COVID-19 Information Center

Ventilators intended for animals redeployed for people
Published: March 23, 2020
Lisa Wogan

Screenshot from Facebook video
Dr. Tim Hackett loaded a Siemens Maquet Servo-i ventilator into his truck on Friday. The Colorado State University Veterinary Teaching Hospital is providing this ventilator and others, normally used for animal patients, to area hospitals for human patients experiencing respiratory failure due to COVID-19.

Dr. Tim Hackett rolled a life-support ventilator up to the automatic doors of UC Health Poudre Valley Hospital into the waiting hands of masked and gloved health care practitioners on Friday. The James L. Voss Veterinary Teaching Hospital at Colorado State University in Fort Collins had purchased the ventilator for the care of critically ill dogs, cats, rabbits and other animals. Now it, along with other veterinary ventilators belonging to CSU, will be used to help COVID-19 patients with respiratory failure.

A veterinarian, Hackett is the director of the teaching hospital and a professor of emergency medicine at CSU. "It will be such a boost to everyone around here to know that something that we had will be used to meet the needs of our neighboring health care system," he told the VIN News Service.

The novel coronavirus that causes COVID-19 attacks the lungs and can lead to pneumonia and acute respiratory distress syndrome. Ventilators deliver air to the lungs through a tube placed in the windpipe and do the work of breathing for patients who can't breathe on their own. For some COVID-19 patients, going without a ventilator means certain death.

There aren't enough ventilators to meet demand, and no easy way to manufacture more quickly, according to reports in The New York Times and elsewhere.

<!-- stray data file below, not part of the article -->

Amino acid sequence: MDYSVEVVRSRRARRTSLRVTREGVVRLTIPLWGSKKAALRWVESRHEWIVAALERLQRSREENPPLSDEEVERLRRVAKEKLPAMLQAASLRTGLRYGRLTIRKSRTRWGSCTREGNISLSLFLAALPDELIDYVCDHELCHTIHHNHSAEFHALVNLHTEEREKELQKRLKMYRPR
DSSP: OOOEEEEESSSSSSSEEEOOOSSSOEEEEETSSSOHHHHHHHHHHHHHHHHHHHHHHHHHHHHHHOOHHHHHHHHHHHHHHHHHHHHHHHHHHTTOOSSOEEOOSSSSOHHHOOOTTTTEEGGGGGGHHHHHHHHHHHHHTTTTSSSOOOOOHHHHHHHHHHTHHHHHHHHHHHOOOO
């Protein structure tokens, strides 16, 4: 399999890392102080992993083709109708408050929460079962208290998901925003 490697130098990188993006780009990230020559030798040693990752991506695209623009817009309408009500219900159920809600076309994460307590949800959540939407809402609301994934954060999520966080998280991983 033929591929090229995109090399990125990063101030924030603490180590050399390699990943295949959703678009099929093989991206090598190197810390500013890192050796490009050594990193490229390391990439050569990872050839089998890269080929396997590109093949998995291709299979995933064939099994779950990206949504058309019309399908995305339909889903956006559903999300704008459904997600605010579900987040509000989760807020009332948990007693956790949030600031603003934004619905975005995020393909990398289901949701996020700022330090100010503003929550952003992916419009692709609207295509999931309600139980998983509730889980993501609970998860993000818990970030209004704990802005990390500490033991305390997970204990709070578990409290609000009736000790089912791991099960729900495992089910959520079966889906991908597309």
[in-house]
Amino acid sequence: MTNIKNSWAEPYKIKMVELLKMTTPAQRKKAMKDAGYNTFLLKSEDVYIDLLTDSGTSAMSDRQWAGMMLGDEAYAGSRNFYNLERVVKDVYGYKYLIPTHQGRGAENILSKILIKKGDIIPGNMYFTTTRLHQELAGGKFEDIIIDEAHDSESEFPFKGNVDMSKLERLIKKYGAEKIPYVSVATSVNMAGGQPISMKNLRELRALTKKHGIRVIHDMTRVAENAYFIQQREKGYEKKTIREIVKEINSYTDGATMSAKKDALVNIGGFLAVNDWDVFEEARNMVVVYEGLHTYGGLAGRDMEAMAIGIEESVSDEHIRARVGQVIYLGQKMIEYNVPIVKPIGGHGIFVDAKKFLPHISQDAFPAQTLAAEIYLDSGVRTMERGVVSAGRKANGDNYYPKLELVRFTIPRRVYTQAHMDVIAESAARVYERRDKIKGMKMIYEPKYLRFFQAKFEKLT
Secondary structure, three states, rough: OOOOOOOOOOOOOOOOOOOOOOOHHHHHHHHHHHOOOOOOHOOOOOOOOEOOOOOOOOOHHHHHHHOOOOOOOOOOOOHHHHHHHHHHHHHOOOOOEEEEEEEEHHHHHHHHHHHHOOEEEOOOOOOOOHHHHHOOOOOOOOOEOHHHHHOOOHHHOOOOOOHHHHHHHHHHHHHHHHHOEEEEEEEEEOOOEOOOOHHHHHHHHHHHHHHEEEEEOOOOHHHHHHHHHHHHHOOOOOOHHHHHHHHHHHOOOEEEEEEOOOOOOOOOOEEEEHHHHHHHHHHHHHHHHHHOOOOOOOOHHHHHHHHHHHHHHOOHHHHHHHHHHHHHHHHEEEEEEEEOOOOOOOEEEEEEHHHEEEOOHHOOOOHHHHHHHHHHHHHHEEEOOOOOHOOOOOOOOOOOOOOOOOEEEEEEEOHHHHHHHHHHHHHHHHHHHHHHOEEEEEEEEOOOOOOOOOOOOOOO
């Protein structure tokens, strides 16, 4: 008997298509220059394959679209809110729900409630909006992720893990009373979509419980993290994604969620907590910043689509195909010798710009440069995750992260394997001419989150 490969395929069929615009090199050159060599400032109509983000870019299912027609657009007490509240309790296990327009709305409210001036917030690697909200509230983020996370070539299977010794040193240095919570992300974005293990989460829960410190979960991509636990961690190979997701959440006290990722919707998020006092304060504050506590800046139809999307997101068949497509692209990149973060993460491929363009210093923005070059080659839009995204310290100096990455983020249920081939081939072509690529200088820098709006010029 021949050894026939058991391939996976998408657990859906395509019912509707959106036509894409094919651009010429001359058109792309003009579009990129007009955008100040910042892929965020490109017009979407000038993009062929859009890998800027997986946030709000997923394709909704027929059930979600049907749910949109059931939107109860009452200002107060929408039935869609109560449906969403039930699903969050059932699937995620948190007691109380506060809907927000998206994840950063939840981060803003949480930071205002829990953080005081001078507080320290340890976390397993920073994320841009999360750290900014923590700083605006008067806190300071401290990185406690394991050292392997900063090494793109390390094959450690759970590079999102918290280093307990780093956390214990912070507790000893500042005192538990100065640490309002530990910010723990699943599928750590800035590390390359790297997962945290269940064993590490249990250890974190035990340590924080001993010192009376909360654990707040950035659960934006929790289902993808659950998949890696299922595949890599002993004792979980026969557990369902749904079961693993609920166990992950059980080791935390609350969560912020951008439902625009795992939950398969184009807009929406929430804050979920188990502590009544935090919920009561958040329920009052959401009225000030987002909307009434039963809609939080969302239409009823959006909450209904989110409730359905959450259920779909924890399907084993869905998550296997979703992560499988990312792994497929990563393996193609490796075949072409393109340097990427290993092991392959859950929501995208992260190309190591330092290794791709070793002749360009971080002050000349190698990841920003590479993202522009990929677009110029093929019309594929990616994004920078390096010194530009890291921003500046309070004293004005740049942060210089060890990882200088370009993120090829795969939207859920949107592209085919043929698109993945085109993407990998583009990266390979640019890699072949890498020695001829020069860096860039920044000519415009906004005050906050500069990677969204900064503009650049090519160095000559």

Aware that veterinary ventilators are the same as those used in human medicine, critical care specialists at veterinary schools and specialty emergency hospitals realized they could help narrow the gap.

On their own and in concert with one another during the past couple of weeks, they began taking stock of their resources and reaching out to medical hospitals to see how they might help.

Dr. Beth Davidow, president-elect of the American College of Veterinary Emergency and Critical Care (ACVECC), spearheaded an effort to create a nationwide inventory of ventilators available for human medical facilities. Davidow is a critical care veterinarian in the Seattle area, where the first case of COVID-19 in the U.S. was reported in January. More than 367,000 people have been infected worldwide and more than 16,000 have died due to the disease, as of this morning.

Dr. Beth Davidow photo
A veterinary assistant monitors a golden retriever on a life-support ventilator. The 7-year-old dog had had a seizure in 2007 while running on a beach in the Seattle area, collapsed and nearly drowned. In acute respiratory distress, she was put on life-support for several days, and eventually made a full recovery. Ventilators used by veterinarians, like this one, are being shared with human hospitals in response to the COVID-19 crisis.

"I think people on the human side forget we're a resource," Davidow said about veterinary medicine. "Realizing we're there might be worth thinking about."

As of Saturday, 160 veterinary facilities had added ventilators to ACVECC's spreadsheet. The list is not public because it contains personal cell phone numbers of veterinary critical care specialists so that physicians can reach them directly in an emergency. The information is available to practitioners through the Society for Critical Care Medicine, the American Medical Association and the American Veterinary Medical Association, according to Davidow.

Veterinary hospitals with life-support ventilators to donate can submit their information via this form.

Donating a ventilator is not an easy decision for veterinarians. It may mean that, down the road, there is no ventilator for a very sick animal that needs it.